Sunday, October 29, 2006

Some more things about life in Accra

Ohhh, this is a whole lot better blog about life in Ghana (and some other adventures) than my own! Actually, if I think better, my own didn’t really have that aim, but the one to show a glimpse – like the name says – to make people curious and give them an idea about things. I still am amazed, though by the accurate description of life in Accra and kinda ashamed by my own lack of patience and constant laziness. Oh well :)

Anywayz, I have the tendency to only post about my weekends. I guess I’m at that stage where everything has become familiar (more than 2 months already in Ghana), but the truth is every day life is fascinating here since is so different than home.
That’s why I’m sure most of the people reading this blog (if there are any:) will find the simple details of every-day-life at least interesting. So I'm going to make up for my laziness and mention some more things about life in Accra, things that Leanne’s blog reminded me of. For example -

the currency – 20.000 cedis is the biggest nominal of paper money - you start counting at 100 cedis, continue with 200, 500,1000, 2000, 5000, 10.000, 20.000 and you’re done. 20.000 is about 2 USD – and it’s so funny when I get my salary in a biiig pile of 5000 bills. To make the measurement system easyer for some – 25.000 is how much a beer costs in a club. :) I have to confess that I hate the paper money – they are always soooo dirty. Well, not to be ungrateful or anything – it’s good thing I have them, yey? :)

“the after mefloquine (the anti-malaria pill) dreams” – so real and at times frightening – especially few weeks ago when I heard gun shots outside our house and found out later it was a robber’s chase – police killed 2 and one escaped or something like that – yeah, my area is known to have people that use guns to get money. Was even written in the newspaper about it. Fun, huh? To include another major cultural shock while I’m at this story, the armed robbers must make sure they’re never seen by anyone while “using their magic” because the mob (big crowd of people) will chase them, hit them with whatever heavy object they can find till they bleed to death. Haven’t been as “lucky” as some of my fellow trainees to see that one event live. Yet.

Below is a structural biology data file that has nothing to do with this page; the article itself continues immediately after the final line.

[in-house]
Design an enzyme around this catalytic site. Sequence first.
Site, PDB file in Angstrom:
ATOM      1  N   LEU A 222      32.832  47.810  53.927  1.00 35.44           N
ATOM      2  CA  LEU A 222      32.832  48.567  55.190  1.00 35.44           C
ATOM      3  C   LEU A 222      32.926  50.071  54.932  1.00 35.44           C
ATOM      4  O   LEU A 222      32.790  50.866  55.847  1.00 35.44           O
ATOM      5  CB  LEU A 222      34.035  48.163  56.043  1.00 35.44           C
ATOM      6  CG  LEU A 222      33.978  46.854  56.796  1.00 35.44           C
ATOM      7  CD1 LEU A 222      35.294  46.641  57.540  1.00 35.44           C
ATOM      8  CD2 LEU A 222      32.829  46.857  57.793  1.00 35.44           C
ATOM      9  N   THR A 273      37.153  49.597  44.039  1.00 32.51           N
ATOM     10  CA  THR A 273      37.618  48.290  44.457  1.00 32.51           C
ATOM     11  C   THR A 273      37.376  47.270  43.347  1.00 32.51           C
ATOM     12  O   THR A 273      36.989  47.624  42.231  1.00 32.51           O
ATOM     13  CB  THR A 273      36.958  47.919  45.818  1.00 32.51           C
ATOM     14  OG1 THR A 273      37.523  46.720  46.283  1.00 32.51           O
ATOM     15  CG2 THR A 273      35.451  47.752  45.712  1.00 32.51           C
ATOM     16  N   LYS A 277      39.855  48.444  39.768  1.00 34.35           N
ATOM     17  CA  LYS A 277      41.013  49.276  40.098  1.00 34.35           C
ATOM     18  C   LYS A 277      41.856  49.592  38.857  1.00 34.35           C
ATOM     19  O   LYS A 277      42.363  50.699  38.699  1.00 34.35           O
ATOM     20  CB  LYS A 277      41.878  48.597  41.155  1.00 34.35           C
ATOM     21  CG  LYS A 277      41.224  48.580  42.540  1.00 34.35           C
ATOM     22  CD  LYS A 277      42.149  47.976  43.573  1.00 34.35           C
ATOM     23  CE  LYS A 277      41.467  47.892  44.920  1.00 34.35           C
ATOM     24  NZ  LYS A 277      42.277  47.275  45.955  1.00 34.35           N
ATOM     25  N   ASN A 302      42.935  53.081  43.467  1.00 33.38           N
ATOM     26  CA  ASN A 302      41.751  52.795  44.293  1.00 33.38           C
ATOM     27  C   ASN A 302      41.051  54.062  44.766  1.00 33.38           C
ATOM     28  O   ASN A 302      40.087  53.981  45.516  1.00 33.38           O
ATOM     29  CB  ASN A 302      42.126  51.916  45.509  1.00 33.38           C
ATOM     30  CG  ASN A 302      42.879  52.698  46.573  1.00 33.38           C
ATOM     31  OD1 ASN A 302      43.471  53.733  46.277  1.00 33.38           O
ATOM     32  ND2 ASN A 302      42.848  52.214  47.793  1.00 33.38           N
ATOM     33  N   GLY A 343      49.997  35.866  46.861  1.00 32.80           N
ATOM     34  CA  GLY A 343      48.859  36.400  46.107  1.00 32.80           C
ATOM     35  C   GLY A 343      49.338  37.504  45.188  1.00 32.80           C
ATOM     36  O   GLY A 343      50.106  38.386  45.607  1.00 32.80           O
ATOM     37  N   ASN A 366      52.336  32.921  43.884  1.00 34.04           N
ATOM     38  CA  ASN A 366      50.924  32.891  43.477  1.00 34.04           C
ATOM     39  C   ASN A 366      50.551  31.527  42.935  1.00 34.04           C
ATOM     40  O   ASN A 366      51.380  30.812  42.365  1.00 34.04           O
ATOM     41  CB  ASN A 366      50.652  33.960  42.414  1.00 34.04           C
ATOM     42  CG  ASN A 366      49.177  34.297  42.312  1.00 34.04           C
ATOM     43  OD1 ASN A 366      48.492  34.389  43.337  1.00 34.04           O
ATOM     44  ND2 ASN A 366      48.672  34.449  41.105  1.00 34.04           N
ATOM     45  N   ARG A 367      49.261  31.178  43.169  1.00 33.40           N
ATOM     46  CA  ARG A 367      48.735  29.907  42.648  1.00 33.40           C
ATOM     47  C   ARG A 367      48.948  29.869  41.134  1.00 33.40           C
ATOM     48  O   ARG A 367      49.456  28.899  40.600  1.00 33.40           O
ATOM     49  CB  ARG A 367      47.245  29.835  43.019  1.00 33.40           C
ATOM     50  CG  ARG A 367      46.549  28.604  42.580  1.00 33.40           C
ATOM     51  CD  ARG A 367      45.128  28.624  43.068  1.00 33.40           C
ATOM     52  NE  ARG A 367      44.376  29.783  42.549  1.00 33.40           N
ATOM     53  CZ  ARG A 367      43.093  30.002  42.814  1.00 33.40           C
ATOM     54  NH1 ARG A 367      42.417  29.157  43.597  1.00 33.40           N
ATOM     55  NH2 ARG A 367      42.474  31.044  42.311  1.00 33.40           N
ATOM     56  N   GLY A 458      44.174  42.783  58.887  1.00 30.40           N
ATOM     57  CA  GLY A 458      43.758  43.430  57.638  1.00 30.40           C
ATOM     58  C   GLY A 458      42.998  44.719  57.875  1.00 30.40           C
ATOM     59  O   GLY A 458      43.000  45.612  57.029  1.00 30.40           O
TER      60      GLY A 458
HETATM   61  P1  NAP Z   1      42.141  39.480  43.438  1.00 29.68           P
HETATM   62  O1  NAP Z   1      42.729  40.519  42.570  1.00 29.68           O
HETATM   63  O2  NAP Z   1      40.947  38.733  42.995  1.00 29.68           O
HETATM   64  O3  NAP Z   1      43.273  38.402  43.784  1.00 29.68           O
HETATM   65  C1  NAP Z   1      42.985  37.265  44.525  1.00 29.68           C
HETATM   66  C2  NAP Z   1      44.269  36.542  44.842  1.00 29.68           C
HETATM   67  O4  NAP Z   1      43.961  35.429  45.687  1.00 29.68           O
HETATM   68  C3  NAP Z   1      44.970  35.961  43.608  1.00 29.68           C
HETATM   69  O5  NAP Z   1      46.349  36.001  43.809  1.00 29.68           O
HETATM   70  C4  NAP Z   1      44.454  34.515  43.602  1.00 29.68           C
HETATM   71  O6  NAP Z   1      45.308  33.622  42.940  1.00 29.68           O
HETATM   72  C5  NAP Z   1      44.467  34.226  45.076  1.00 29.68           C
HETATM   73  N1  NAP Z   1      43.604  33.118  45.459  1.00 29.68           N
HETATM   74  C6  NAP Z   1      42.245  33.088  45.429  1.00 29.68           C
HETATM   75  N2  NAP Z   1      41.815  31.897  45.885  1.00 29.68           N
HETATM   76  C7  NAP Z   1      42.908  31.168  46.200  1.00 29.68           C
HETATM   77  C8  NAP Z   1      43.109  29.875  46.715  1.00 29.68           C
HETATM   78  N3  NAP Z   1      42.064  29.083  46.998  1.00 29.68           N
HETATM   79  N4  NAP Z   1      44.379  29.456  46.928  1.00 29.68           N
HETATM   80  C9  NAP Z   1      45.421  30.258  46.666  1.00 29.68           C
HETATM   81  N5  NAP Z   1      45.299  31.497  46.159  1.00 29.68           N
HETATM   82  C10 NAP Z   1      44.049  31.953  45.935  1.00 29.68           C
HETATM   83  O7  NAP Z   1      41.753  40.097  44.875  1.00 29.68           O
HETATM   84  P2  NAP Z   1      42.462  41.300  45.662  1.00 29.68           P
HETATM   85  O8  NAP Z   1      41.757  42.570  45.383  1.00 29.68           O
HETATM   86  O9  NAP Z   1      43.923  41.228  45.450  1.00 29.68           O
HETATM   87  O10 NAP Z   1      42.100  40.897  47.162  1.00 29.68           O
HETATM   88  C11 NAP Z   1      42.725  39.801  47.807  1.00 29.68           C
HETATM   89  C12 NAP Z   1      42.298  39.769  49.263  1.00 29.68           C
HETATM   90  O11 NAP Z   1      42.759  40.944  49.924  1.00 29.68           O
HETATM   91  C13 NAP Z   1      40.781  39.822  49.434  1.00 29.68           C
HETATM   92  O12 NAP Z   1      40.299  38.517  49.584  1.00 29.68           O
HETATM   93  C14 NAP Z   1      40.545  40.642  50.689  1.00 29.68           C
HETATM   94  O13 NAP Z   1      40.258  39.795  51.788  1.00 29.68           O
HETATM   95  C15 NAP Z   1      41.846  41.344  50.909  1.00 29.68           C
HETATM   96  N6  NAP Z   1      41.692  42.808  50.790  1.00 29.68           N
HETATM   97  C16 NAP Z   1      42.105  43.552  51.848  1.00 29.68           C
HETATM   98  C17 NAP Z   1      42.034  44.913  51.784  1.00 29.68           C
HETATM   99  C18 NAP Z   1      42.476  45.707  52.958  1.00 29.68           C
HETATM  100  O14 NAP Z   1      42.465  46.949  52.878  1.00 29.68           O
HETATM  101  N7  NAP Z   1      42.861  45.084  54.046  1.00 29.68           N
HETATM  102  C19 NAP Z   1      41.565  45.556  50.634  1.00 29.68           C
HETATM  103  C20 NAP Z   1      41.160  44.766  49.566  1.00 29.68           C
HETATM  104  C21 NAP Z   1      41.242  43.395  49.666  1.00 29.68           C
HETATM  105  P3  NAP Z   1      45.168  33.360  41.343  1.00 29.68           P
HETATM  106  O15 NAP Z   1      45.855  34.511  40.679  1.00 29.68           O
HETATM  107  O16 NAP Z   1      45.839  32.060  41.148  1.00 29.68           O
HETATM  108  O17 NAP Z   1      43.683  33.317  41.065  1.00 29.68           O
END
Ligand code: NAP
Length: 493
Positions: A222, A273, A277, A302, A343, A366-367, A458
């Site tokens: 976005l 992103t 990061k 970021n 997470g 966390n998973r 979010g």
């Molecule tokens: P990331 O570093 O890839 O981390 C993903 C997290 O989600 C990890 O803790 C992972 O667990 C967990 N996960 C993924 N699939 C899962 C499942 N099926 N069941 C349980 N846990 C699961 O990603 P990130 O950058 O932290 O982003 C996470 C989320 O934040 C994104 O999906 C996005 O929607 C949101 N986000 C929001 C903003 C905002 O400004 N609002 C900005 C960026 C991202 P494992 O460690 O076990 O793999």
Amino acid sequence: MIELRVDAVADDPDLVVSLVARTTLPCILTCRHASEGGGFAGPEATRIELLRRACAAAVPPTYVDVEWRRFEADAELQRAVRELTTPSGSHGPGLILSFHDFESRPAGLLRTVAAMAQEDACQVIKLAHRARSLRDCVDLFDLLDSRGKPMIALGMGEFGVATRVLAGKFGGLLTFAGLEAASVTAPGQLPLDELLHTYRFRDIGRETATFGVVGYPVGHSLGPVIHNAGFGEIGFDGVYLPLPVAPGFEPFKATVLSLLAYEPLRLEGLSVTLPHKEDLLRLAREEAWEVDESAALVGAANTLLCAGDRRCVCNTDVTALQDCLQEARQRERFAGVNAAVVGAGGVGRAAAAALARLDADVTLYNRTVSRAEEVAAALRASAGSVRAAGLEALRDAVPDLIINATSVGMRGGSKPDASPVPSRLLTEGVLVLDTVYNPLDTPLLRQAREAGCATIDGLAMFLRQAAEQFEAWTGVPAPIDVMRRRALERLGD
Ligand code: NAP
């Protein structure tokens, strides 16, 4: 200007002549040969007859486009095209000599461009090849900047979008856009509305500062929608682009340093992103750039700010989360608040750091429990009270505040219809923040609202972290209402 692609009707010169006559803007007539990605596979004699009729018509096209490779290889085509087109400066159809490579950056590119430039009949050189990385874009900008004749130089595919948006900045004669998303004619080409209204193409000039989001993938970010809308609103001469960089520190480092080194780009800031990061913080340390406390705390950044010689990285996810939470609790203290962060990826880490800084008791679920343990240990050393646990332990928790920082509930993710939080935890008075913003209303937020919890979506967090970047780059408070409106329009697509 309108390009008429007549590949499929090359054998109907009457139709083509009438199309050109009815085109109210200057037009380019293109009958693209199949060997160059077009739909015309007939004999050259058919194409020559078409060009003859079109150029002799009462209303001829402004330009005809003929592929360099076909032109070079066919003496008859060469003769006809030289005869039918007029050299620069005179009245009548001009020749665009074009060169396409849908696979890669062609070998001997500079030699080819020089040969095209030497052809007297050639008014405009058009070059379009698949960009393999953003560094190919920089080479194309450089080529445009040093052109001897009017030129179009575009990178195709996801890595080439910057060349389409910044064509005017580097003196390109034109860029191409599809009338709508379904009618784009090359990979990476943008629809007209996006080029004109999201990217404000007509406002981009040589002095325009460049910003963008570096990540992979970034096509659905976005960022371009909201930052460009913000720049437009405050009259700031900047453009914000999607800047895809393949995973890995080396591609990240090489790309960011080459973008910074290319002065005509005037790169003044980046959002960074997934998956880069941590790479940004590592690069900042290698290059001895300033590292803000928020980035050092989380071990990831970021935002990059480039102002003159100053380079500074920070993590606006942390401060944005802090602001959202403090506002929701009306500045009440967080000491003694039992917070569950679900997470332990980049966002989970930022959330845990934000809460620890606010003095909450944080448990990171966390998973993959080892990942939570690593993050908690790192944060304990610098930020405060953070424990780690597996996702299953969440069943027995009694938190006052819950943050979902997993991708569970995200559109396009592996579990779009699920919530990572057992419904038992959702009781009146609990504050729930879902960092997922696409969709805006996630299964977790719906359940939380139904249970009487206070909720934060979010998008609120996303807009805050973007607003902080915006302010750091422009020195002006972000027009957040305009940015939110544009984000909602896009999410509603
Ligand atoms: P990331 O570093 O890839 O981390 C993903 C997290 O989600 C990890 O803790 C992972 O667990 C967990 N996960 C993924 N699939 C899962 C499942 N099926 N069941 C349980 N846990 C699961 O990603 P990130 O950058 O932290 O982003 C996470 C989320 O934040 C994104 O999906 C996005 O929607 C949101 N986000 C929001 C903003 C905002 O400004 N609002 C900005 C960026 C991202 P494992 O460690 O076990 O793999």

the leaking rooftops when there’s a heavy rain – it’s good thing the rainy season is over if you wanna consider this reason. Yep, the rooftops are leaking – in the office, in my room – not a big deal, actually - as long as I have a rooftop over my head, I’m cool. :)

men urinating on the side of the road is apparently an unwritten rule here - sooo funny and such a shame I didn’t have my camera with me when we saw a man who was urinating on a wall that said with biiig red letters “DO NOT URINATE HERE!”. We (me and my house mates – Tobi and Patrick) started laughing and he did too – almost a bonding moment there :)

getting directions in Ghana – from “it’s far”, “not that far” and “close” classification; the streets with no names or numbers to the confident hand pointing in the sometimes right direction and the taxi drivers that ask you mid-way where to turn cause they don’t know the way they’ve themselves taken.

knowing which tro-tro to take – which is quite simple cause there’s a man shouting the name of the destination and making signs out of the window, if available - like Circle – which, by the way, is the biggest, most crowded and polluted junction around the city.

having another winner for “the weirdest thing carried son the head” – which is……trrrrrram - liiiiiiiiive chicken – yep, like 7 of them in a basket on a head, just laying there not knowing of the cruel faith that awaits them. Thanks Dalia for pointing them to me :).

the traffic - with some few simple rules like the one Leanne’s mentioning - “And never forget your horn. It's called "hooting" or "popping" here. Your horn is your #1 car accessory.” Using their hands to signal directions or ask permission is also common. Another funny observation is when two cars are not seriously bumping into each other and they just continue driving like nothing happened. These are the remarks of a pedestrian.

Let’s call it a post for now – just to make it length friendly. Hopefully this un-laziness is not going to be a “one hit wonder”. :)


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